Establishing a personal brand relies on honesty, transparency, and integrity. Leaders of organizations must understand that their words and behavior matter and that consistency and congruency are essential. We’ve all seen examples of businesses, especially publicly traded companies, that have been impacted by disconnects between a leader’s behavior versus their professional communications.

Compliance, Security & Privacy Concerns

Some of the obstacles facing leaders and corporate officers include organizational structures and corporate communications teams dictating how one should act. In addition, a higher public profile may bring privacy concerns or exposure risk for confrontation or litigation. However, there are methods for addressing these challenges. On balance, the positive returns will outweigh the concerns.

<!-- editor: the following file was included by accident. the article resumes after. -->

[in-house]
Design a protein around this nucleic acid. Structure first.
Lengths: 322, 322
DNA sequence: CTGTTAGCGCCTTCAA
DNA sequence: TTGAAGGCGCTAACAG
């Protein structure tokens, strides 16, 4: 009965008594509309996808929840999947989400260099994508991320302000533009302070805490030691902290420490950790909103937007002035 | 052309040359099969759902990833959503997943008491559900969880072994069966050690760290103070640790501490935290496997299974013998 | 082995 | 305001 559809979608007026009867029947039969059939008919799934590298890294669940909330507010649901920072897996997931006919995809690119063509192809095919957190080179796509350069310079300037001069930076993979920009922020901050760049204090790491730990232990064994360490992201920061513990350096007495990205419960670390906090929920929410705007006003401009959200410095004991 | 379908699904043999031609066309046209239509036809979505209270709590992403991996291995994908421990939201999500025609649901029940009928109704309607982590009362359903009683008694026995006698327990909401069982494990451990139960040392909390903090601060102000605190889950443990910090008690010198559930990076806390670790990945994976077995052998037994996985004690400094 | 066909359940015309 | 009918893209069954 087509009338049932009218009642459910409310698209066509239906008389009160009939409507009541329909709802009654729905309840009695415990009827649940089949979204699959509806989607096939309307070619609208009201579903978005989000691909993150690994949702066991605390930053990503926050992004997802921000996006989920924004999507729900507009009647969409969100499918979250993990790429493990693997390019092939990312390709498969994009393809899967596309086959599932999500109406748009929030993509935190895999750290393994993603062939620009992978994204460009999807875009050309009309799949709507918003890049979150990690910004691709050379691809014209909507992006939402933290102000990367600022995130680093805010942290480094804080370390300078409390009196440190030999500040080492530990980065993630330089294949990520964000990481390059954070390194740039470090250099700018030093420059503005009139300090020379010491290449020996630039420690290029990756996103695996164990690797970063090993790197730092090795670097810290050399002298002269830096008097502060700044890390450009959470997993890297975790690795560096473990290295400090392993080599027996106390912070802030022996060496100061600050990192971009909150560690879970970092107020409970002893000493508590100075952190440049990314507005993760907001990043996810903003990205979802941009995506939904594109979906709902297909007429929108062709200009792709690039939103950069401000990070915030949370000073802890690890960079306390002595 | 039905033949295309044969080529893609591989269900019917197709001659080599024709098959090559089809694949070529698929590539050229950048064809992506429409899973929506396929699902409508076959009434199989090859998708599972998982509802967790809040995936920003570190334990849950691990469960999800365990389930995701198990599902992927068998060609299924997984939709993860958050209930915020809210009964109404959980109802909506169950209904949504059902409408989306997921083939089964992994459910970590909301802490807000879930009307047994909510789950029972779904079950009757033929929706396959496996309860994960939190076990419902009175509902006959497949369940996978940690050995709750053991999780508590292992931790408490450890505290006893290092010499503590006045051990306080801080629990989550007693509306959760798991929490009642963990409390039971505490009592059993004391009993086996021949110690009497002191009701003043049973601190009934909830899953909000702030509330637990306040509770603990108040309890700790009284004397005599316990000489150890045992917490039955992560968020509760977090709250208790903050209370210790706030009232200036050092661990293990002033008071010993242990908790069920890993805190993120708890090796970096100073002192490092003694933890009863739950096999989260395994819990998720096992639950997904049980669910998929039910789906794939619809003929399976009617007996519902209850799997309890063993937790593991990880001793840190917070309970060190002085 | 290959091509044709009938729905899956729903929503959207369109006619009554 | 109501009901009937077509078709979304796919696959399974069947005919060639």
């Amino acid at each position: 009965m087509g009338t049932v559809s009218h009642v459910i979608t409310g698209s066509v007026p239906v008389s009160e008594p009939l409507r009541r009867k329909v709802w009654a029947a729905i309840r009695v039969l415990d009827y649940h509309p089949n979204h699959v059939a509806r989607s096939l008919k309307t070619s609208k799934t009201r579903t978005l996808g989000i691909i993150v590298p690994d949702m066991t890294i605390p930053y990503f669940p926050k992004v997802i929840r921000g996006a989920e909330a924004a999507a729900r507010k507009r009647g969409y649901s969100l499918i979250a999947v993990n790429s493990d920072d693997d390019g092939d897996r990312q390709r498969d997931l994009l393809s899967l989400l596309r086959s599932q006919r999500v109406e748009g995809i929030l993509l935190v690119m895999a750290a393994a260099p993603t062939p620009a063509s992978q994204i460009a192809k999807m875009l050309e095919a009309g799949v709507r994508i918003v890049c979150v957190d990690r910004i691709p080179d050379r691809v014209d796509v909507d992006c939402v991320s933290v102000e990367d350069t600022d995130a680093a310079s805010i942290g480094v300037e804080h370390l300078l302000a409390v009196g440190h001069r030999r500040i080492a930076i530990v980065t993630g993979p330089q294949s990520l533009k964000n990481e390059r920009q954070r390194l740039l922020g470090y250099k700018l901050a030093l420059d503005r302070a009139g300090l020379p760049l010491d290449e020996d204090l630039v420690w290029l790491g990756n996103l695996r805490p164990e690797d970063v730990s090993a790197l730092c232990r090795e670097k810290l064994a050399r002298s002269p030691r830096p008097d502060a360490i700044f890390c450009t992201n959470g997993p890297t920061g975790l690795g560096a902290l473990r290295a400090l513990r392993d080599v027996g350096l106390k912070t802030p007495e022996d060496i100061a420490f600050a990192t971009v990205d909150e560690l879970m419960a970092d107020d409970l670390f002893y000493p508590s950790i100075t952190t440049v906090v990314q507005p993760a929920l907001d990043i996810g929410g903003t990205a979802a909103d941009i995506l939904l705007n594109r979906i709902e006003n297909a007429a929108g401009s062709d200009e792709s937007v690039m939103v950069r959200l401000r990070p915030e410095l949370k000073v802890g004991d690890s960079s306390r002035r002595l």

We are All Media Companies

For anyone striving to establish themselves as a thought leader, it’s extremely valuable to develop your content and build a consistent audience. With the abundance of digital publishing platforms spanning text, audio, and video content, it’s easier than ever to create your broadcast channels and master your category by leading discussions around the topic.

Control your Narrative

If you’re not participating in podcast interviews, blog postings, or social media interactions, you’re missing out on important dialogues and eliminating opportunities to generate and leverage influence. Today, we all have many options to define a clear position and reach thousands or even millions of people. This is the fastest way to establish yourself as a category leader.

Establishing Leadership